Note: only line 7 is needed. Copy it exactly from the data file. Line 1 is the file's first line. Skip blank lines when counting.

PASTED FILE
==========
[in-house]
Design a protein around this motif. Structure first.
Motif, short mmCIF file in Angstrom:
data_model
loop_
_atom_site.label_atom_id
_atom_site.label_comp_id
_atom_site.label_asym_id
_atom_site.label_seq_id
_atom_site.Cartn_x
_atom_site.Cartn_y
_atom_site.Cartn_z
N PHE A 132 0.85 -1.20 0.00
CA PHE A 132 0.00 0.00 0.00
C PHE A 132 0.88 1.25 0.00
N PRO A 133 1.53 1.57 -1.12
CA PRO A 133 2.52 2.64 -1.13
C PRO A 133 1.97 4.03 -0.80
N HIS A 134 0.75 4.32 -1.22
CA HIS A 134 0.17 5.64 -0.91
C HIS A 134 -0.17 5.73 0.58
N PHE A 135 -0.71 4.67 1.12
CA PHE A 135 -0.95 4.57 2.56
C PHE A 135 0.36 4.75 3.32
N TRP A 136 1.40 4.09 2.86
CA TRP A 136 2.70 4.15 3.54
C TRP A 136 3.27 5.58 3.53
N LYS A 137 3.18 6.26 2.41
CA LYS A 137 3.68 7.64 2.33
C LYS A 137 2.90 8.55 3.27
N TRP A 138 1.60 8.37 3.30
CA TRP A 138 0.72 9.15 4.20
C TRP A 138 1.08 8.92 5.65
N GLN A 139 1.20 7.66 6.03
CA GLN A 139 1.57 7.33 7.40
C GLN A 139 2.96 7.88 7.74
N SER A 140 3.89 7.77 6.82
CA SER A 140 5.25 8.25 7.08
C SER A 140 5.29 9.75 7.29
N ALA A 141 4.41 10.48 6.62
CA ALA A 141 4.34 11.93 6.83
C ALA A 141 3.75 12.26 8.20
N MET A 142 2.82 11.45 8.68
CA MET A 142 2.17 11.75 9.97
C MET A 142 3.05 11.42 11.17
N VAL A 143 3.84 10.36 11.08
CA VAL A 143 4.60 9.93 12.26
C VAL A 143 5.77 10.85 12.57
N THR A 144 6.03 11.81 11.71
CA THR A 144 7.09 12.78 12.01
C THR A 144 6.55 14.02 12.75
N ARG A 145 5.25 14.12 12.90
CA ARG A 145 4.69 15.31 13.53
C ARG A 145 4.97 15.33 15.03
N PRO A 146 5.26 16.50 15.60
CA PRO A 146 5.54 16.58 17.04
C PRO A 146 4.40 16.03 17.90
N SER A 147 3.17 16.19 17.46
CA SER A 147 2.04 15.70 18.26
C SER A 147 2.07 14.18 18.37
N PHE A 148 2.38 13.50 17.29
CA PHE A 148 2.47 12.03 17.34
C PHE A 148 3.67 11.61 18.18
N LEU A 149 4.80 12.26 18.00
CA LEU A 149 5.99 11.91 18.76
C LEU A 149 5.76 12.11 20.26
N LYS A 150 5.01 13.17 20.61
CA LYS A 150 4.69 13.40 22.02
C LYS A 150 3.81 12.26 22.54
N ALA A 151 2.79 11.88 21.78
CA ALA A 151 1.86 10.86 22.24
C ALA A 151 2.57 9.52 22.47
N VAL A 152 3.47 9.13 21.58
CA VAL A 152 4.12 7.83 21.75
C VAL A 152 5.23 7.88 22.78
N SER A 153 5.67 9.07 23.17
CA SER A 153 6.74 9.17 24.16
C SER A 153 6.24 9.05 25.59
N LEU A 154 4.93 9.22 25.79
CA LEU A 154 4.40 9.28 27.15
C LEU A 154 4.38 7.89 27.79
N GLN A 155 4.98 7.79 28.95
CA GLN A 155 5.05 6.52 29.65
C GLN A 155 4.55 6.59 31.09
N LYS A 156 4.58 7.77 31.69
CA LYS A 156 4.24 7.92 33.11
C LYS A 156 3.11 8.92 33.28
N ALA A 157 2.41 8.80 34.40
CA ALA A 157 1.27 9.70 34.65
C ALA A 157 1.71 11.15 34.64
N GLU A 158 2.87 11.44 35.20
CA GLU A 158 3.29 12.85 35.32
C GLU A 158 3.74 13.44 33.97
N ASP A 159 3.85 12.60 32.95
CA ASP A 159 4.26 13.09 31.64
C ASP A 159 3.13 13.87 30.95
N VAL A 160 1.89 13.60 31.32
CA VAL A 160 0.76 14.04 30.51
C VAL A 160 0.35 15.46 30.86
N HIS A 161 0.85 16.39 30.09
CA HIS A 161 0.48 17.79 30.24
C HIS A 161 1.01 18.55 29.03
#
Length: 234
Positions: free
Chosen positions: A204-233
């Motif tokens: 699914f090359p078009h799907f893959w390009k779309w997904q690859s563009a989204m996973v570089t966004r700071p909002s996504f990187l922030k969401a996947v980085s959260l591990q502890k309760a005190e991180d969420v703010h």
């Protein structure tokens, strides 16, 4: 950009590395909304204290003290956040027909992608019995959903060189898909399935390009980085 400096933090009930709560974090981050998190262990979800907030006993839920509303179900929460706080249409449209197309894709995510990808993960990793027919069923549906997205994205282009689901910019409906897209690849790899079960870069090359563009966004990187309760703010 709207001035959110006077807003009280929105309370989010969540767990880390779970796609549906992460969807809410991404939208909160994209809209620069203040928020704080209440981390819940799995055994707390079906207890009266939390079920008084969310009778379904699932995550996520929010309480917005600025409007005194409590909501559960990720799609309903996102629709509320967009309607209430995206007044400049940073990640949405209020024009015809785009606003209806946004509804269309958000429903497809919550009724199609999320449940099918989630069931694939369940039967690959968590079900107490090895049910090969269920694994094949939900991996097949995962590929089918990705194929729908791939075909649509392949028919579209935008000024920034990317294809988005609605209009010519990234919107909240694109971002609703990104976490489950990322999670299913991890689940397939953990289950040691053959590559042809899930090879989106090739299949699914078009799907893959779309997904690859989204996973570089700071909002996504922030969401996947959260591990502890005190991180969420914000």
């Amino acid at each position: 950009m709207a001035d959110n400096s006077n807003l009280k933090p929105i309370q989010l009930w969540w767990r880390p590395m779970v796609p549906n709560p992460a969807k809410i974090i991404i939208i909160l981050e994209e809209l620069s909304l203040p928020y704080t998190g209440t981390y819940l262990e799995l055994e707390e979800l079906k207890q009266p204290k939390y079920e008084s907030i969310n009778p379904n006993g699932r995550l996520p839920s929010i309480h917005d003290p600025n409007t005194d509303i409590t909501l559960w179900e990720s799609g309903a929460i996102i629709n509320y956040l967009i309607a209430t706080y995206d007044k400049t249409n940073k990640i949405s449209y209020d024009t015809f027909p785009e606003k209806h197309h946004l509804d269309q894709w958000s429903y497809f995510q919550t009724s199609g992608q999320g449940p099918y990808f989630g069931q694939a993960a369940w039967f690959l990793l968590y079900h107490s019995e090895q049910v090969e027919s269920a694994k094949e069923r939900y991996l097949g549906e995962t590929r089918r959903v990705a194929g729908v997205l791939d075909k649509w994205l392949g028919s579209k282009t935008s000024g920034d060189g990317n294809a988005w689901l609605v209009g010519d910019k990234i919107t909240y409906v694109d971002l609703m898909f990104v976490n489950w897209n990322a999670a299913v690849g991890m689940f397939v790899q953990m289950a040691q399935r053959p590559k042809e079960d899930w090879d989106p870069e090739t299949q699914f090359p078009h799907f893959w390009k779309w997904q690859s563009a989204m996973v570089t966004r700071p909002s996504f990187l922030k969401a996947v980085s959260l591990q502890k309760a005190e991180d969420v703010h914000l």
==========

_atom_site.label_comp_id